Two pilots were killed when an Army Cheetah helicopter crashed near Bomdila in Arunachal Pradesh; an investigation has been launched.

On Thursday, two pilots were killed when an Army Aviation Cheetah helicopter crashed near Bomdila in Arunachal Pradesh while on an operational sortie.

Officials have requested an investigation to determine the cause of the disaster.

Lt Col VVB Reddy and Major Jayanth A, the helicopter’s pilot and co-pilot, were killed in the crash.

Lt Col Reddy, 37, is survived by his wife, an Army dentist, and two daughters, ages four and six.

Major Jayanth, 35, leaves behind his wife, who lives in Missamari, Assam, where he was stationed.

According to the Army, the helicopter lost communication with ATC approximately 9.15 a.m., and five search parties from the Army, SSB, and ITBP were promptly dispatched. The plane’s wreckage was discovered near Banglajaap hamlet in Mandala.

The crash killed Lt Col VVB Reddy (left) and Maj Jayanth A. (PTI)

The Army said in a statement that a Court of Inquiry has been established to determine the cause of the disaster.

According to a Defence Ministry official, the helicopter took off from Missamari and picked up a senior Army officer near Bomdila. It was supposed to conduct a reconnaissance mission near Tawang. “But, as weather conditions deteriorated, the flight was cut short and the officer was dropped at Senge. “The mishap occurred as the chopper was returning to base,” an official stated.

According to another officer, the chopper was going downward when it crashed. “As cheetahs age, they require frequent upkeep. “Only the investigation will be able to determine the specific cause of the incident,” the official said.

The region is distinguished by rugged mountainous terrain, and the weather is frequently unpredictable, causing helicopter-flying operations to be called off at the last minute due to poor visibility.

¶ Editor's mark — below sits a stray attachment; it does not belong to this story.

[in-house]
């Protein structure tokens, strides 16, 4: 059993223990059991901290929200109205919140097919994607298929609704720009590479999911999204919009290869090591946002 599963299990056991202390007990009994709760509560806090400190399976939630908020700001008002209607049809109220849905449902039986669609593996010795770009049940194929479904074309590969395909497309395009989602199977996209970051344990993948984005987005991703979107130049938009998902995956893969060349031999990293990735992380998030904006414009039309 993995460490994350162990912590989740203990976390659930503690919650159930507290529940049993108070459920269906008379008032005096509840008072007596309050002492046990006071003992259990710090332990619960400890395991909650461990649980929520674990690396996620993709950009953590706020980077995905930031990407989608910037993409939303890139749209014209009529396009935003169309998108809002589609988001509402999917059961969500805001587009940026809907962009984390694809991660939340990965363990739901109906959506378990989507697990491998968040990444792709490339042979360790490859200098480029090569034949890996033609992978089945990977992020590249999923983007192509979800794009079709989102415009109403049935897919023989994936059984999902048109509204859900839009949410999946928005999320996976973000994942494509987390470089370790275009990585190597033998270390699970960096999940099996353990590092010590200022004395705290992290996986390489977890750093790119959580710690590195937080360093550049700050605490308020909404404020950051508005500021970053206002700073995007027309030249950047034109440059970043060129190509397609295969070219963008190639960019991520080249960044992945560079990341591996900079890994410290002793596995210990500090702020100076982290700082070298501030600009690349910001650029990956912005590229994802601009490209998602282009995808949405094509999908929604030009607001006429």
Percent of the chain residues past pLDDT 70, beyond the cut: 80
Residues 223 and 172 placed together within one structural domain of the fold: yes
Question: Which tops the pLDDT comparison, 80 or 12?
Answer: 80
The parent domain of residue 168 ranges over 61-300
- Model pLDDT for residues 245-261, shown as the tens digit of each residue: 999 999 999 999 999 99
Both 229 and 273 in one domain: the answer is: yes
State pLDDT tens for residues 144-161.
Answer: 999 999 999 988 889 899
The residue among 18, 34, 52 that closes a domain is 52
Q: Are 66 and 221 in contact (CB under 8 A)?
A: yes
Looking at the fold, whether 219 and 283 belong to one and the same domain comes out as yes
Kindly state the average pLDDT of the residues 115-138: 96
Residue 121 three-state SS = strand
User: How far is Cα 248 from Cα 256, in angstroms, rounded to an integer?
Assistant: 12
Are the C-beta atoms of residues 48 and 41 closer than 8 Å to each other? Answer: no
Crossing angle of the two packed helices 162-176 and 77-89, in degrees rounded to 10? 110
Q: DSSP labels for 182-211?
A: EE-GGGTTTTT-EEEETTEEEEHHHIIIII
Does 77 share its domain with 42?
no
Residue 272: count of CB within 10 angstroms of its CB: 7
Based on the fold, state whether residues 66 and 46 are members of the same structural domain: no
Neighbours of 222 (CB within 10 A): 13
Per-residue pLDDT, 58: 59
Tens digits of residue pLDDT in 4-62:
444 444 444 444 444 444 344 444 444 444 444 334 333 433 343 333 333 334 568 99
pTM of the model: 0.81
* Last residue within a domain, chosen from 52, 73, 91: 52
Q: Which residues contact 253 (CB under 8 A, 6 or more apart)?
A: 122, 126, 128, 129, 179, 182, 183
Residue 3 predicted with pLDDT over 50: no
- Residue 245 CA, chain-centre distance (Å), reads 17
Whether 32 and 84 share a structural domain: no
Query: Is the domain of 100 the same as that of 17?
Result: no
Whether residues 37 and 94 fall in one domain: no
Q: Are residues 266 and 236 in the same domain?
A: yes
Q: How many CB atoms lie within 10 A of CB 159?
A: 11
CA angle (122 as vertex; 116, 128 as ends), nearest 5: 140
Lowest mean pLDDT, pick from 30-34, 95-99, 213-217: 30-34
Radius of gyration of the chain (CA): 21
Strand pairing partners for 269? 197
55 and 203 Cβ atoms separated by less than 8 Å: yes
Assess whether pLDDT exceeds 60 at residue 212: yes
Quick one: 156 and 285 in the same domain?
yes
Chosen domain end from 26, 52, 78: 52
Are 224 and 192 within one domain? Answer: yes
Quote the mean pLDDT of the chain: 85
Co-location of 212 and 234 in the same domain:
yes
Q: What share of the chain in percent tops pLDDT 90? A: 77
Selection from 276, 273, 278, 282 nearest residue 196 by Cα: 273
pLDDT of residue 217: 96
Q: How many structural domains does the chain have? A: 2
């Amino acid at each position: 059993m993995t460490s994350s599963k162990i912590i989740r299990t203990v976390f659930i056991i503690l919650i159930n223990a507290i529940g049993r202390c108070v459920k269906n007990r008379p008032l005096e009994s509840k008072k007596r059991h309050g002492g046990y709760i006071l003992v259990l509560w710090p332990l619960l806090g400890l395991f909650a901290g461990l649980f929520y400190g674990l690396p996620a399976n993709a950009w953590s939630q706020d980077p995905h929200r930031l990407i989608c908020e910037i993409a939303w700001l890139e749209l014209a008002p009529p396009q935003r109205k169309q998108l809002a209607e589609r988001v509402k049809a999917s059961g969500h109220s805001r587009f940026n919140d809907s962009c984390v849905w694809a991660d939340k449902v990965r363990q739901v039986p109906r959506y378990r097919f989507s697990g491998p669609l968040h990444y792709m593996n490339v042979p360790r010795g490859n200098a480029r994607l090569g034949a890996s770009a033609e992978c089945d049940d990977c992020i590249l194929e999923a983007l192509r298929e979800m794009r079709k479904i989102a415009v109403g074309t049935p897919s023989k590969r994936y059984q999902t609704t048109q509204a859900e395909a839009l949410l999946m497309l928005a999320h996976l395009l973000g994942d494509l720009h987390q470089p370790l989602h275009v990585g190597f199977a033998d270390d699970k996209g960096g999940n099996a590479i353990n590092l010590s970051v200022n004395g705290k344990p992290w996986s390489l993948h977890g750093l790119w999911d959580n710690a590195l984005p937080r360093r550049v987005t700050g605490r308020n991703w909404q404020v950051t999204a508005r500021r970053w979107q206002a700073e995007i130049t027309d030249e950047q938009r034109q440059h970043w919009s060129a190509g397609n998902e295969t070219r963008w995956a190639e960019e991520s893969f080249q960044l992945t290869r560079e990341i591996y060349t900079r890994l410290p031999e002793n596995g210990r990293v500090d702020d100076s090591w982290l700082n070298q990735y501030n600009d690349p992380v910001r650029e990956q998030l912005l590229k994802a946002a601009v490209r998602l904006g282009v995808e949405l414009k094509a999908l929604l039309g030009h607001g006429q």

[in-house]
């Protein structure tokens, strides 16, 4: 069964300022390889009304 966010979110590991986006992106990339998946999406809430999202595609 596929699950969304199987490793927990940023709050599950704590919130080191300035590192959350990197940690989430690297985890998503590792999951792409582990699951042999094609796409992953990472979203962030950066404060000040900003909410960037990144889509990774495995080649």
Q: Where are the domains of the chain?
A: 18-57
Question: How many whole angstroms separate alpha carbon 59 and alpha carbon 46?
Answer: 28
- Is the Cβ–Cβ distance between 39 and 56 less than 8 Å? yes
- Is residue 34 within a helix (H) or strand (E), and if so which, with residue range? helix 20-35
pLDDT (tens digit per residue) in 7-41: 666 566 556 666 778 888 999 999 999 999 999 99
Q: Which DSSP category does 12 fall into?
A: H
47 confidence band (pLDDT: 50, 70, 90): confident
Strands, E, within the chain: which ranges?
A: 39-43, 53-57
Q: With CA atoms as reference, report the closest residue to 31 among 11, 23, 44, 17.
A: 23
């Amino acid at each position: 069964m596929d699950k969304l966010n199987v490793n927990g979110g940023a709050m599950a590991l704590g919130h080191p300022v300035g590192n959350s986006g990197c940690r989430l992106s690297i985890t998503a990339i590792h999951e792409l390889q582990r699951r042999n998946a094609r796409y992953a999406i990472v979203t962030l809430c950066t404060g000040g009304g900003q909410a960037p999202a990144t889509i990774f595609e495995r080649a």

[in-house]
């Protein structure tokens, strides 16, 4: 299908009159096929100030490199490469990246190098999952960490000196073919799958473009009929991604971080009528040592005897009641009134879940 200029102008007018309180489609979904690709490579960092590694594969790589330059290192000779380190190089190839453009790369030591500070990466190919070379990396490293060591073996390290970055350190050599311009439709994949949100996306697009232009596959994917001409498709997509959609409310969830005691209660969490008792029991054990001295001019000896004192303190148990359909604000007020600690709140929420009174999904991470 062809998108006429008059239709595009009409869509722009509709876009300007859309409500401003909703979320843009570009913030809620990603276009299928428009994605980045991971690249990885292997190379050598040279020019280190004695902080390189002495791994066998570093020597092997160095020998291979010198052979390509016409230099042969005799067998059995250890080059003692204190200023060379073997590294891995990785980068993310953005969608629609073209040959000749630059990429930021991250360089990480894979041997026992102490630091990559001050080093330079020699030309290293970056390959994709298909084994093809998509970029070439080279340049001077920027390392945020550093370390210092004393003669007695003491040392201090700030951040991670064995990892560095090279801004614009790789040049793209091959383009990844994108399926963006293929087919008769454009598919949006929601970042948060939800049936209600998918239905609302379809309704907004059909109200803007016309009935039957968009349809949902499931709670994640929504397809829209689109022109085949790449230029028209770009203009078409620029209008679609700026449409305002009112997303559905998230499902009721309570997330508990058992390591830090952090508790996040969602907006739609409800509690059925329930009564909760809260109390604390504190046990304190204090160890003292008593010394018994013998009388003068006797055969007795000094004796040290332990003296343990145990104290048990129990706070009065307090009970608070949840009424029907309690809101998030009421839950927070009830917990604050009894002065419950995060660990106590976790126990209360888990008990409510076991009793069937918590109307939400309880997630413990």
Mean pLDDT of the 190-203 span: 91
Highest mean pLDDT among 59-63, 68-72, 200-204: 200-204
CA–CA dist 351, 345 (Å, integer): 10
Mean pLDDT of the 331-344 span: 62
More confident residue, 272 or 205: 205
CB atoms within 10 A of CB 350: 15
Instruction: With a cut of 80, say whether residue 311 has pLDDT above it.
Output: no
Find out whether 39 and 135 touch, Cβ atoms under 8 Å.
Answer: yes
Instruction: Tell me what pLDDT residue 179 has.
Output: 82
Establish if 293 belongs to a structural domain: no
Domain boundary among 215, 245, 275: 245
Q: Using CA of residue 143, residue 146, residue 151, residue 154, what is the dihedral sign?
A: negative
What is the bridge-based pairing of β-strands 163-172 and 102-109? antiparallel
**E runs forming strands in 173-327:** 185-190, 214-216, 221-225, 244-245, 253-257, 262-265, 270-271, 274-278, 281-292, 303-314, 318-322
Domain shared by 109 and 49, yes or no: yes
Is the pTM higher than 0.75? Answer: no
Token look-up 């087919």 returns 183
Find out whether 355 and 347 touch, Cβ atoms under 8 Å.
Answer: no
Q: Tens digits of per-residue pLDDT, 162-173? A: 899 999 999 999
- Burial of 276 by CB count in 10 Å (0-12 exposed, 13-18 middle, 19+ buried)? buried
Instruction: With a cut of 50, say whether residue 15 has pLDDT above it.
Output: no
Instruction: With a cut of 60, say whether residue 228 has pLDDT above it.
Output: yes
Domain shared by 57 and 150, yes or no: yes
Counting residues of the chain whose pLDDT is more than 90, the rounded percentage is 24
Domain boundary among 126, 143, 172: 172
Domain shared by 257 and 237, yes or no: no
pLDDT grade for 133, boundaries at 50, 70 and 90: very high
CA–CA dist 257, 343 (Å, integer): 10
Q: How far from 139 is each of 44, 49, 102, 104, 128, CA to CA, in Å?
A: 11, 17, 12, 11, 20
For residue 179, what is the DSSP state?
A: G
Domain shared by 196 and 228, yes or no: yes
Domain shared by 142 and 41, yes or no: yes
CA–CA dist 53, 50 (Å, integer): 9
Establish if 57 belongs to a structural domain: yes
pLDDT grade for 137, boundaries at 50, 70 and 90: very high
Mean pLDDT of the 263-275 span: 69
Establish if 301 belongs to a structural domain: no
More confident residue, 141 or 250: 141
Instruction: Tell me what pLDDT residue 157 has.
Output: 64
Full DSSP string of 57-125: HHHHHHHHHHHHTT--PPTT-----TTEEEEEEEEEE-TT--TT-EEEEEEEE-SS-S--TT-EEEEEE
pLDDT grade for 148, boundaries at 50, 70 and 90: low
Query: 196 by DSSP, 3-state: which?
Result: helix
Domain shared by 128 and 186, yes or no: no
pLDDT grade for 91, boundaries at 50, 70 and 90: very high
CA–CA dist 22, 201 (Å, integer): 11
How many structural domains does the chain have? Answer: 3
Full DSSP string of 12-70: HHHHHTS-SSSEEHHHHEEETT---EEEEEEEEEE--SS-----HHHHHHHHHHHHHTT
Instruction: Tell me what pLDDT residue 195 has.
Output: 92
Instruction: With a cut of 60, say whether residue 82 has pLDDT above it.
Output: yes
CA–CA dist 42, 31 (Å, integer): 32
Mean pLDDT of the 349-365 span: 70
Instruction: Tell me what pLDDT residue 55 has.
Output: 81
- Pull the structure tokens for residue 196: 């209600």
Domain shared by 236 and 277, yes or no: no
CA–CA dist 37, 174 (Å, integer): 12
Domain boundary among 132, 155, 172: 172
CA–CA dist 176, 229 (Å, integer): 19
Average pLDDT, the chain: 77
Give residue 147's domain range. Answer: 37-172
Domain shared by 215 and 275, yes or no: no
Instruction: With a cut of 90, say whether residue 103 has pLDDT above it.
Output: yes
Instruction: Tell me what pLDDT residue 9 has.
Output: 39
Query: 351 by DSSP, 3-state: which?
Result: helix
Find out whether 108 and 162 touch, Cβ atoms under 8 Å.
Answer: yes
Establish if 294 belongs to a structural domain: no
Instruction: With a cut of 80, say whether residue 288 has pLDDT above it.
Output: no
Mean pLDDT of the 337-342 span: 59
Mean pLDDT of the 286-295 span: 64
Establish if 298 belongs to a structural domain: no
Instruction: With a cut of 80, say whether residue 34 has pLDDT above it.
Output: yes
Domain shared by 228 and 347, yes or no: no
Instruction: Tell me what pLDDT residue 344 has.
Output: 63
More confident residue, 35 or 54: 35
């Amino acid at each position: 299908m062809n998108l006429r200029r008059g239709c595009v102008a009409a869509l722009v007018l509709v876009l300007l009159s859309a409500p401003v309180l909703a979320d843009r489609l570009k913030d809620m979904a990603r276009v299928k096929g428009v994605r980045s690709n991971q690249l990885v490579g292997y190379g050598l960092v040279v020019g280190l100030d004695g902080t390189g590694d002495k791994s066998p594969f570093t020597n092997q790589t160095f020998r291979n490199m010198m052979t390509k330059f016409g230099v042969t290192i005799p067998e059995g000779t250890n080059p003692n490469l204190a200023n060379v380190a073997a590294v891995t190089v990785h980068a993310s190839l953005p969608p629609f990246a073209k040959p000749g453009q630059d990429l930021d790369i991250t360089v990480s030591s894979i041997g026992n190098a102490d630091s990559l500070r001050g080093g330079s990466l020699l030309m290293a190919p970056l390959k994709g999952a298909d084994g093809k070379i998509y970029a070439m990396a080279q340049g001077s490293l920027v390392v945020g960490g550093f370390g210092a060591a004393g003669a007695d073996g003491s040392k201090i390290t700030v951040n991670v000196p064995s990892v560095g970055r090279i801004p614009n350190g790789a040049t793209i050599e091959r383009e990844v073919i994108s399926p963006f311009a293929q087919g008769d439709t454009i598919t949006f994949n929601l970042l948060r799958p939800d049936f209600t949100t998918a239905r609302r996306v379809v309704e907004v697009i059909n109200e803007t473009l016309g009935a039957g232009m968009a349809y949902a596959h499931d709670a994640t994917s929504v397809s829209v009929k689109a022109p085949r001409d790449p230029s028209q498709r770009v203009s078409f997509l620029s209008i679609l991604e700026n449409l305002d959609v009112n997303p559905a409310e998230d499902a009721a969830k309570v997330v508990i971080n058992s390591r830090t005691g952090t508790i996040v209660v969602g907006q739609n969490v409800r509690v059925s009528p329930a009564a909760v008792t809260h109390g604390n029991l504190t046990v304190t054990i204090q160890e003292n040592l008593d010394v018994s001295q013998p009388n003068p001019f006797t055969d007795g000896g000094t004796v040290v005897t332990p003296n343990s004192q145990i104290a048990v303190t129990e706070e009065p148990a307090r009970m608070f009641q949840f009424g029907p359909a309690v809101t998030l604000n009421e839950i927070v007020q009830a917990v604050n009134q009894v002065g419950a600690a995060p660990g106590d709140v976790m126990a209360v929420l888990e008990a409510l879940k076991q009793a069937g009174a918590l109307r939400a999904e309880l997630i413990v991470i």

The forces’ Chetak and Cheetah helicopters serve as lifelines in sea and extreme high-altitude zones, performing essential roles in observation, surveillance, logistics support, and rescue missions. The IAF also utilises them to teach pilots in its flying schools.

Hindustan Aeronautics Limited has constructed more than 275 Cheetahs and 350 Chetaks.

Nevertheless, the single-engine helicopters outlived their useful life more than a decade ago and have been plagued by serviceability concerns.

Issues include outdated avionics and navigation equipment, which increases the likelihood of control mishandling in the event of disorientation in turbulent weather, which is frequently unanticipated in the highlands.

The Army and IAF have been operating the Chetak and Cheetah helicopters, which are in desperate need of replacement as they represent the military’ lifeline in high-altitude zones. Nowadays, the Army has roughly 200 Cheetah and Chetak helicopters in service, and the IAF has about 120.

Between 2017 and 2022, over ten Army, Navy, and IAF Chetak and Cheetah helicopters crashed.

In March 2022, the administration informed Parliament that 42 Indian armed services personnel had been killed in 45 aircraft and helicopter crashes in the previous five years.

While the Military Forces have demanded modern helicopters to replace the Chetak and Cheetah fleets, progress on their purchase has been glacial.

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